Explaining the benefits of hyping up your friends’ ideas.
Amplify (ˈam·pləˌfī) verb: To make larger, greater, or stronger; enlarge; extend.
Idea Amplification (īˈdēə ˌam·plə·fəˈkā·shən) noun: Helping people see their ideas are bigger than they thought.
I was listening to a recent episode of Conversations With Tyler—a podcast where the brilliant Tyler Cowen interviews people. It’s a podcast that introduces a lot of varied experts into my worldview, and Tyler asks the best questions. Don’t believe me? Check out an episode or two.
Anyways, the episode was one with Paul Graham, a famous computer scientist, entrepreneur, and cofounder of YC Combinator. He’s got one of the best blogs on the internet.
To be honest, I always attempt to emulate his writing style. It’s very concise, worded well, and packed with insights. Naturally, I was pumped when two of my favorite people to follow were having a discussion. It delivered.
The Skill of Amplifying Ideas
The following exchange on the podcast inspired this post:
GRAHAM: Back to this idea, though, of how to get people to be more ambitious. It’s not just introducing them to other ambitious people. There is a skill to blowing up ideas, blowing up not in the sense of destroying, like making them bigger. There is a skill to it, to take an idea and say, “Okay, so here’s an idea. How could this be bigger?” There is somewhat of a skill to it.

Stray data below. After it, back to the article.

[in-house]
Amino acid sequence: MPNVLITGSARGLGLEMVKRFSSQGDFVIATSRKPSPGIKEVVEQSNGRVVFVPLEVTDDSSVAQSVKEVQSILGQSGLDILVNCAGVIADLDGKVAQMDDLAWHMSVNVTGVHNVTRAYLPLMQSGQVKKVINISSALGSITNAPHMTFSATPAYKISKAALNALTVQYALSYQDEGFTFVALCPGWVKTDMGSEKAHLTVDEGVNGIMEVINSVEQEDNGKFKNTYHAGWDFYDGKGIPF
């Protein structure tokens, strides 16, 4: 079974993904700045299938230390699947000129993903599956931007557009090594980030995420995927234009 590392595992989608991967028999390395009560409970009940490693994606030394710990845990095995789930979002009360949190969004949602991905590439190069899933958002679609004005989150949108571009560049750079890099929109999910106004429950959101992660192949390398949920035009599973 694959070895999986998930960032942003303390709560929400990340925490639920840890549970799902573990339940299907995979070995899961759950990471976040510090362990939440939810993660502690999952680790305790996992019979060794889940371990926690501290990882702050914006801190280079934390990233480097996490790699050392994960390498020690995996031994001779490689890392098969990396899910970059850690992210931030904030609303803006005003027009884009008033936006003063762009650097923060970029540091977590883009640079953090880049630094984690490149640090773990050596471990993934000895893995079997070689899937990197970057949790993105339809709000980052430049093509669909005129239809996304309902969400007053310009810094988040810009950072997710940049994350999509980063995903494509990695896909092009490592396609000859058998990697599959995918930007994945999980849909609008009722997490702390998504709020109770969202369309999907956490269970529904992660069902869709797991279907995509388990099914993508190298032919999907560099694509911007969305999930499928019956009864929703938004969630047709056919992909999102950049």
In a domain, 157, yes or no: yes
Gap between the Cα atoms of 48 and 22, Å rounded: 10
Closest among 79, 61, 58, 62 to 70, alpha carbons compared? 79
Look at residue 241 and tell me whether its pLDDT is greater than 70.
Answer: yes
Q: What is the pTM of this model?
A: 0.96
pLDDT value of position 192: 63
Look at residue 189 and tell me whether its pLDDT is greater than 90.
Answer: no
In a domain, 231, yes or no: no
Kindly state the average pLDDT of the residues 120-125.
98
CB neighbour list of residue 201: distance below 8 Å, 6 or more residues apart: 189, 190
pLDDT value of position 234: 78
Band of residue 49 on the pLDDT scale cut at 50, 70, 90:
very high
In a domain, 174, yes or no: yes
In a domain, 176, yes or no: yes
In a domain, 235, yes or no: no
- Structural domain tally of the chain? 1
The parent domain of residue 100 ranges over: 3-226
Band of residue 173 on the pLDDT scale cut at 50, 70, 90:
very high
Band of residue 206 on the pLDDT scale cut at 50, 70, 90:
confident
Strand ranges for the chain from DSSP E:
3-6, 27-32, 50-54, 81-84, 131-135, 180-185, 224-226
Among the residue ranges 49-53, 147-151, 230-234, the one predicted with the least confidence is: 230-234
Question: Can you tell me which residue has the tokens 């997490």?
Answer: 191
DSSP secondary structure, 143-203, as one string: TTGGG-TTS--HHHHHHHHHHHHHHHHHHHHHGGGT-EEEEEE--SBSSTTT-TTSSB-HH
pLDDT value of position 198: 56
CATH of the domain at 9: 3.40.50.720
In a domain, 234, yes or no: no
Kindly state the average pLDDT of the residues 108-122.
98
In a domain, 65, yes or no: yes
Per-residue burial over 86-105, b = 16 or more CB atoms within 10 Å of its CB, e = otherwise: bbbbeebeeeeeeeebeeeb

COWEN: It’s helping people see their ideas are bigger than they thought.
GRAHAM: Yes. Oh, yes. We often do this in YC interviews.
COWEN: People say you’re especially good at that. This is what the other people say.
GRAHAM: Well, that’s why I’m mulling over what actually goes on, because there is this skill there. The weird thing about YC interviews is, in a sense, they’re a negotiation. In a negotiation, you’re always saying, “Oh, I’m not going to pay a lot for that. It’s terrible. It’s worthless.” Yet in YC interviews, the founders often walk out thinking, “Wow, our idea is a lot better than we thought,” just because of what we do.
This resonated with me for two reasons. First, I find myself doing it quite a lot. When a friend tells me an idea, my brain runs wild. I get excited and start asking them if they’ve considered all the amazing ways the idea can be applied, abstracted, or refined. The other reason is that I love friends who do this to my ideas. Some friends like Daniel Miessler and Justin Gardner stand out in particular. Both of them have taken my ideas and helped me see wider implications and applications.
Developing the Skill
Paul Graham is a smart guy and in that snippet, he called this a skill. I have to agree. Personally, I believe it’s a part of the skillset that has helped me develop great relationships with other talented hackers. It comes naturally to me, so it’s not insincere. If it doesn’t come naturally, I think you can still train yourself to do it genuinely. Here’s the process:
- Directly compliment the idea enthusiastically
- Think about other domains where it’s applicable and tell them
- Tell them about cool features or user interface ideas
- Spend a few minutes brainstorming and expanding on it
- Mention tactfully any shortcomings and ideas for overcoming them
If you do this, your friends will love it. And if you have a friend that does this for you, thank them! They’re essentially a free business consultant!
More importantly, it’s a ton of fun.
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